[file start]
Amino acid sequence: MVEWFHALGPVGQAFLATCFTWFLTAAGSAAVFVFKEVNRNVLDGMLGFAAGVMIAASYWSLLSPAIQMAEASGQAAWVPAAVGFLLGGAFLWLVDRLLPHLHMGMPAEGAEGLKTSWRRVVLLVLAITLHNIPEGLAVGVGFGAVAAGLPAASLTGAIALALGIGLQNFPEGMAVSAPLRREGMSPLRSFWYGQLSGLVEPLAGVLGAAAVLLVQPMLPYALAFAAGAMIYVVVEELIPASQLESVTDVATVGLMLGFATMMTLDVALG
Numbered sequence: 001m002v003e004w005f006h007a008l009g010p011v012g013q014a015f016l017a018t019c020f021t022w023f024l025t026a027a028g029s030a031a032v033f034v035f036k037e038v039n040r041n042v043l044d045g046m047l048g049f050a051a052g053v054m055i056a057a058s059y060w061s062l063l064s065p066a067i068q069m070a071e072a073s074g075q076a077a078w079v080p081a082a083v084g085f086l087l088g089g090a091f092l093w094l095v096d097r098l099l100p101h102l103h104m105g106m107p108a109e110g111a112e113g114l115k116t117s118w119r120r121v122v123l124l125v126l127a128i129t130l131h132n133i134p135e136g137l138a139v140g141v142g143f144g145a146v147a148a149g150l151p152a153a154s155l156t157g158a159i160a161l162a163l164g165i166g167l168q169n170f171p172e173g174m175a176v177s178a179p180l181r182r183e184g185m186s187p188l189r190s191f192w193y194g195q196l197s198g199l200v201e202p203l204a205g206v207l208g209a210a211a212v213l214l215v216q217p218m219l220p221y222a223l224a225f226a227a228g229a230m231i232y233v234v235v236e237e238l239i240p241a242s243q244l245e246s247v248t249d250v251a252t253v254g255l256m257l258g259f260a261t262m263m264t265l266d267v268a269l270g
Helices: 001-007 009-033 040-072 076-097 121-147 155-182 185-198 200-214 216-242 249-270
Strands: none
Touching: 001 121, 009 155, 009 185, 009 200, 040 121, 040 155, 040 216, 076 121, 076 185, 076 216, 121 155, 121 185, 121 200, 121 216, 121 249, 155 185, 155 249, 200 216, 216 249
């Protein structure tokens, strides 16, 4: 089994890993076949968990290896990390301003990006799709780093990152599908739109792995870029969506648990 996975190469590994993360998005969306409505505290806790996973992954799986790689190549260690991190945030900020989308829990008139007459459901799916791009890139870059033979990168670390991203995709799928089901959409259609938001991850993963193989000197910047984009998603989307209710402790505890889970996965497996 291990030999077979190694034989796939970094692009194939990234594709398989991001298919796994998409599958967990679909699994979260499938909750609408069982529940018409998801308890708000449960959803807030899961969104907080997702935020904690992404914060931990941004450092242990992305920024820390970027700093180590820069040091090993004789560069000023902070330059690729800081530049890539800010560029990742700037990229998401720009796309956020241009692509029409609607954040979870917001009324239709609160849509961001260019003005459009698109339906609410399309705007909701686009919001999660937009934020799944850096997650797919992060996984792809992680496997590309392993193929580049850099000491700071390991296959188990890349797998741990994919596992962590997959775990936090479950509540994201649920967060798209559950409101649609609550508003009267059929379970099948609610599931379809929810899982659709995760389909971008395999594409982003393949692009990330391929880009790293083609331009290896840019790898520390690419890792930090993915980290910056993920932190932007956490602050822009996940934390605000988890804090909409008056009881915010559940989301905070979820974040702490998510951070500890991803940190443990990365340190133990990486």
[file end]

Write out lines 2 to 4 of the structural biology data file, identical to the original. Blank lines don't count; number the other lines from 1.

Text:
Numbered sequence: 001m002v003e004w005f006h007a008l009g010p011v012g013q014a015f016l017a018t019c020f021t022w023f024l025t026a027a028g029s030a031a032v033f034v035f036k037e038v039n040r041n042v043l044d045g046m047l048g049f050a051a052g053v054m055i056a057a058s059y060w061s062l063l064s065p066a067i068q069m070a071e072a073s074g075q076a077a078w079v080p081a082a083v084g085f086l087l088g089g090a091f092l093w094l095v096d097r098l099l100p101h102l103h104m105g106m107p108a109e110g111a112e113g114l115k116t117s118w119r120r121v122v123l124l125v126l127a128i129t130l131h132n133i134p135e136g137l138a139v140g141v142g143f144g145a146v147a148a149g150l151p152a153a154s155l156t157g158a159i160a161l162a163l164g165i166g167l168q169n170f171p172e173g174m175a176v177s178a179p180l181r182r183e184g185m186s187p188l189r190s191f192w193y194g195q196l197s198g199l200v201e202p203l204a205g206v207l208g209a210a211a212v213l214l215v216q217p218m219l220p221y222a223l224a225f226a227a228g229a230m231i232y233v234v235v236e237e238l239i240p241a242s243q244l245e246s247v248t249d250v251a252t253v254g255l256m257l258g259f260a261t262m263m264t265l266d267v268a269l270g
Helices: 001-007 009-033 040-072 076-097 121-147 155-182 185-198 200-214 216-242 249-270
Strands: none